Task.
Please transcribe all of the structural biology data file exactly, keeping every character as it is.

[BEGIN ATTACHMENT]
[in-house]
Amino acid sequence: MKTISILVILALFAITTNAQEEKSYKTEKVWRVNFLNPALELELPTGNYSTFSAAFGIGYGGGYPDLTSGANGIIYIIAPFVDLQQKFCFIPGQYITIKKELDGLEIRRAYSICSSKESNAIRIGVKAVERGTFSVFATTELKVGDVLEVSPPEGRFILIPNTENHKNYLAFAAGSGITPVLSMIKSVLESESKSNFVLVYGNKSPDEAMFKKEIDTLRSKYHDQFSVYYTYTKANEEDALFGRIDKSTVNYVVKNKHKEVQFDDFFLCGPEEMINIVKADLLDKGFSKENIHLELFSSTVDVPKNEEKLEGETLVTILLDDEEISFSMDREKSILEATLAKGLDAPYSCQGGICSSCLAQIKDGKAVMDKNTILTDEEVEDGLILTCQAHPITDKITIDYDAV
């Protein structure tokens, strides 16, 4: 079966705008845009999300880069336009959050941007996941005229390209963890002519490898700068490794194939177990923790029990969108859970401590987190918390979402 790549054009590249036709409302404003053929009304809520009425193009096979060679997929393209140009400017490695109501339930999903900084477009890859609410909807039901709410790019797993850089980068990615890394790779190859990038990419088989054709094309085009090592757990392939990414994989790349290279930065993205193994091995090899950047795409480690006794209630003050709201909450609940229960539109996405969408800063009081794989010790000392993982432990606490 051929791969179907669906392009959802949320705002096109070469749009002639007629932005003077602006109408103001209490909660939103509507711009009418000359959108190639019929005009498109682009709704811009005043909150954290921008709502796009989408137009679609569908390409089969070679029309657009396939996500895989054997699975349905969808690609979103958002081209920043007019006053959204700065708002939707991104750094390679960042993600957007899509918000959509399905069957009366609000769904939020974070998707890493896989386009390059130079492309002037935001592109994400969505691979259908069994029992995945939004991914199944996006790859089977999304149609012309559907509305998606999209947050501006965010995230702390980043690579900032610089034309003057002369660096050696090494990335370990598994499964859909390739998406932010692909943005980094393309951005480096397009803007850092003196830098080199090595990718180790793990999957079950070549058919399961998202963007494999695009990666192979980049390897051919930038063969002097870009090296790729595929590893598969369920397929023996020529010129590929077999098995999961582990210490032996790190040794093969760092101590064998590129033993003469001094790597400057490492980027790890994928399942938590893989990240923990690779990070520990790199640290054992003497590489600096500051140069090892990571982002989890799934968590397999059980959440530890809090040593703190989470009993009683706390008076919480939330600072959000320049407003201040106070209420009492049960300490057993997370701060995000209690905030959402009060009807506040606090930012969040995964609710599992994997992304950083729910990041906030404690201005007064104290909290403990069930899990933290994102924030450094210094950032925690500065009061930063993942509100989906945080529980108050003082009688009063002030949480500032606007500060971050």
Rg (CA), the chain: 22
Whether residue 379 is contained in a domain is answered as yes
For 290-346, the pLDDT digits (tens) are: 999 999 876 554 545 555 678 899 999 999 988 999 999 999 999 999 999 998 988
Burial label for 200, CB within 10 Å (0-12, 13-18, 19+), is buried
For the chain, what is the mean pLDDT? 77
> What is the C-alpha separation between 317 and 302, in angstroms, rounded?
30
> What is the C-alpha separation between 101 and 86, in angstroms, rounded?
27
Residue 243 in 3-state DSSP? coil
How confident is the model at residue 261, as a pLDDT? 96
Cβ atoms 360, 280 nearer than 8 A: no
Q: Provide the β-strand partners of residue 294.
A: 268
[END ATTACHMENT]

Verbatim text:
[in-house]
Amino acid sequence: MKTISILVILALFAITTNAQEEKSYKTEKVWRVNFLNPALELELPTGNYSTFSAAFGIGYGGGYPDLTSGANGIIYIIAPFVDLQQKFCFIPGQYITIKKELDGLEIRRAYSICSSKESNAIRIGVKAVERGTFSVFATTELKVGDVLEVSPPEGRFILIPNTENHKNYLAFAAGSGITPVLSMIKSVLESESKSNFVLVYGNKSPDEAMFKKEIDTLRSKYHDQFSVYYTYTKANEEDALFGRIDKSTVNYVVKNKHKEVQFDDFFLCGPEEMINIVKADLLDKGFSKENIHLELFSSTVDVPKNEEKLEGETLVTILLDDEEISFSMDREKSILEATLAKGLDAPYSCQGGICSSCLAQIKDGKAVMDKNTILTDEEVEDGLILTCQAHPITDKITIDYDAV
């Protein structure tokens, strides 16, 4: 079966705008845009999300880069336009959050941007996941005229390209963890002519490898700068490794194939177990923790029990969108859970401590987190918390979402 790549054009590249036709409302404003053929009304809520009425193009096979060679997929393209140009400017490695109501339930999903900084477009890859609410909807039901709410790019797993850089980068990615890394790779190859990038990419088989054709094309085009090592757990392939990414994989790349290279930065993205193994091995090899950047795409480690006794209630003050709201909450609940229960539109996405969408800063009081794989010790000392993982432990606490 051929791969179907669906392009959802949320705002096109070469749009002639007629932005003077602006109408103001209490909660939103509507711009009418000359959108190639019929005009498109682009709704811009005043909150954290921008709502796009989408137009679609569908390409089969070679029309657009396939996500895989054997699975349905969808690609979103958002081209920043007019006053959204700065708002939707991104750094390679960042993600957007899509918000959509399905069957009366609000769904939020974070998707890493896989386009390059130079492309002037935001592109994400969505691979259908069994029992995945939004991914199944996006790859089977999304149609012309559907509305998606999209947050501006965010995230702390980043690579900032610089034309003057002369660096050696090494990335370990598994499964859909390739998406932010692909943005980094393309951005480096397009803007850092003196830098080199090595990718180790793990999957079950070549058919399961998202963007494999695009990666192979980049390897051919930038063969002097870009090296790729595929590893598969369920397929023996020529010129590929077999098995999961582990210490032996790190040794093969760092101590064998590129033993003469001094790597400057490492980027790890994928399942938590893989990240923990690779990070520990790199640290054992003497590489600096500051140069090892990571982002989890799934968590397999059980959440530890809090040593703190989470009993009683706390008076919480939330600072959000320049407003201040106070209420009492049960300490057993997370701060995000209690905030959402009060009807506040606090930012969040995964609710599992994997992304950083729910990041906030404690201005007064104290909290403990069930899990933290994102924030450094210094950032925690500065009061930063993942509100989906945080529980108050003082009688009063002030949480500032606007500060971050």
Rg (CA), the chain: 22
Whether residue 379 is contained in a domain is answered as yes
For 290-346, the pLDDT digits (tens) are: 999 999 876 554 545 555 678 899 999 999 988 999 999 999 999 999 999 998 988
Burial label for 200, CB within 10 Å (0-12, 13-18, 19+), is buried
For the chain, what is the mean pLDDT? 77
> What is the C-alpha separation between 317 and 302, in angstroms, rounded?
30
> What is the C-alpha separation between 101 and 86, in angstroms, rounded?
27
Residue 243 in 3-state DSSP? coil
How confident is the model at residue 261, as a pLDDT? 96
Cβ atoms 360, 280 nearer than 8 A: no
Q: Provide the β-strand partners of residue 294.
A: 268